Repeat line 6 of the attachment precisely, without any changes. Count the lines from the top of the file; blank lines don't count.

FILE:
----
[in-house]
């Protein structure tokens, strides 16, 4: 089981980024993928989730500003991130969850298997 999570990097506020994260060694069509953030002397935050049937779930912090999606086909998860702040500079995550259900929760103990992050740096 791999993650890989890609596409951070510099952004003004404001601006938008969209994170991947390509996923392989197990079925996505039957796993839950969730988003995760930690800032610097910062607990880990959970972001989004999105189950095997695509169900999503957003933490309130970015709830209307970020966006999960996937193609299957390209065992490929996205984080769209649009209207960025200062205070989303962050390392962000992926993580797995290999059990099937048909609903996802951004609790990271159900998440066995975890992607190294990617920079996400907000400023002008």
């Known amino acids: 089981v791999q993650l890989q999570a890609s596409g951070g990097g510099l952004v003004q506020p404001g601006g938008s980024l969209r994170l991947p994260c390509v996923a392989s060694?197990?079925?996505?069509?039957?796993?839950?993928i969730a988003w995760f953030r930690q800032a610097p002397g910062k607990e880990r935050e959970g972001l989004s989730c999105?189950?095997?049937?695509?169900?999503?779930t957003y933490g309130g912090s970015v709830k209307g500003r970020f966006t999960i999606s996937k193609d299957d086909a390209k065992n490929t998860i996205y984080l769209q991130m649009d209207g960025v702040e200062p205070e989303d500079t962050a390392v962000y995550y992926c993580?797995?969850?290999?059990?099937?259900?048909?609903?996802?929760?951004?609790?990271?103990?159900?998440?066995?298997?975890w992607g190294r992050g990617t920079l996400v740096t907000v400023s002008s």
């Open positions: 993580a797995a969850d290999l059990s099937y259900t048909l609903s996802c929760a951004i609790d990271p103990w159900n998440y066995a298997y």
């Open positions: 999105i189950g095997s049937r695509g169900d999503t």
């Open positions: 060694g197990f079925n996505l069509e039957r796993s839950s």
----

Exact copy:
């Open positions: 060694g197990f079925n996505l069509e039957r796993s839950s």